by Ruth Moraes
The Sydney Alliance campaign for children seeking asylum to have access to early childhood education and care keeps growing with new providers coming on board to join the initiative.
For those who are not aware, a little of the history of the campaign may be helpful. In 2018, the Sydney Alliance conducted a series of listening sessions in communities of people with lived experience of seeking asylum living in Sydney. The listening sessions confirmed that the most significant change which would lead to an improvement in their lives would be a grant of permanent protection and a path to citizenship. While that goal was unlikely to succeed at the time, the listening sessions also revealed an area where the Sydney Alliance could make a tangible difference: getting access to ECEC for children seeking asylum.
Children on bridging visas do not qualify for the Commonwealth Childcare subsidy, despite the fact that most of them were born in Australia. The lack of a subsidy made ECEC completely unaffordable for their families. No access to ECEC meant that these children would miss out on the critical language, cognitive and behavioral benefits of early learning. It would also be extremely challenging for their parents to find work or study. To try resolve this problem the Sydney Alliance launched a campaign for access to early childhood education and care (ECEC) for children seeking asylum in our community.
In researching what could be done about ECEC at a local level, the Sydney Alliance was thrilled to find a champion for this cause in Karen Roberts, Children Services Manager at Canterbury Bankstown Council. Karen was keen to see how the Council could accommodate some children seeking seeking asylum in their centres and organised for a delegation of leaders from the Sydney Alliance to meet with Mayor Khal Asfour about this idea in September 2018. The Mayor was also supportive and he agreed to a pilot program of giving a place to a child seeking asylum in three of their under-utilised Council run centres. A year later at a celebration for this initiative, Mayor Asfour made this a permanent program. In 2021, Karen Roberts won a prestigious Early Childhood Education and Care award for her outstanding contribution to early childhood education and care for her work through this initiative.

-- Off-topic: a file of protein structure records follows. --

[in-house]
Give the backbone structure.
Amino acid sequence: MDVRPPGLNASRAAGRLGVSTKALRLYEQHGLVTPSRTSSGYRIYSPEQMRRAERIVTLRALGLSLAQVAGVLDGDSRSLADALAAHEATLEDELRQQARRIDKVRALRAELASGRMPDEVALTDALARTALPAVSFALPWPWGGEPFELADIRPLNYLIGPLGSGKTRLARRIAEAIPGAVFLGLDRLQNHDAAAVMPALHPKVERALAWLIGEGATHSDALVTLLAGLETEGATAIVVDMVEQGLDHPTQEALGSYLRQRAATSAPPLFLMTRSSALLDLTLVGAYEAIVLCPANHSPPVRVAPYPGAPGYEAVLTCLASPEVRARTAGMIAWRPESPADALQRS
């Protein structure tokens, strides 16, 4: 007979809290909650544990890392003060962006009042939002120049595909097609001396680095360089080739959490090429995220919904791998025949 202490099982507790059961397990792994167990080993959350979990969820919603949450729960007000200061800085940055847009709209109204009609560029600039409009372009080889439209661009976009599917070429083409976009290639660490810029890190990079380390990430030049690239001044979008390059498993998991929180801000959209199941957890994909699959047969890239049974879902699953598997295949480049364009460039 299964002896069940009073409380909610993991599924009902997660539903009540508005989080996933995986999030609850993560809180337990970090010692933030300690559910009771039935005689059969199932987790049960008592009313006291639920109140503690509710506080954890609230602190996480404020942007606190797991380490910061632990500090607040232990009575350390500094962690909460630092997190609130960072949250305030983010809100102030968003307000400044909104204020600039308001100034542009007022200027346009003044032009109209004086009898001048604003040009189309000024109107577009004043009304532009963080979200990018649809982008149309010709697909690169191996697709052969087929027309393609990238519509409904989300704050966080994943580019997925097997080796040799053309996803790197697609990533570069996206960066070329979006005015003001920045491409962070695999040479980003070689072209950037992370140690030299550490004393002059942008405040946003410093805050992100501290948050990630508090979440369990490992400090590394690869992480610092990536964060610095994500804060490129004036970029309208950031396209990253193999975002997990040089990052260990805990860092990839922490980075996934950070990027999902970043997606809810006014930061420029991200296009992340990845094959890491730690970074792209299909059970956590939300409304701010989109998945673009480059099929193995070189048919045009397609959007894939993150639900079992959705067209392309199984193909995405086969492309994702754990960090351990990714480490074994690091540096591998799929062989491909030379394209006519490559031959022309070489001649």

The campaign has been growing steadily with new providers hearing about the initiative and wanting to provide free or reduced cost spaces. To date we have had nine providers come on board offering spaces in 18 different centres across Sydney. Despite COVID causing severe dispruptions to ECEC centres, it is encouraging to know that many centres retained their offer of spaces during COVID and new centres have come on board even during covid. So far 36 children, their families and communities have directly benefitted from this initiative.
However, the need is still much greater than the number of spaces offered. If you or anyone you know can offer a free or reduced cost space in an ECEC centre for a child seeking asylum or knows of other ways to grow the campaign, please get in touch with us.
If you would like more information about this campaign, please contact firstname.lastname@example.org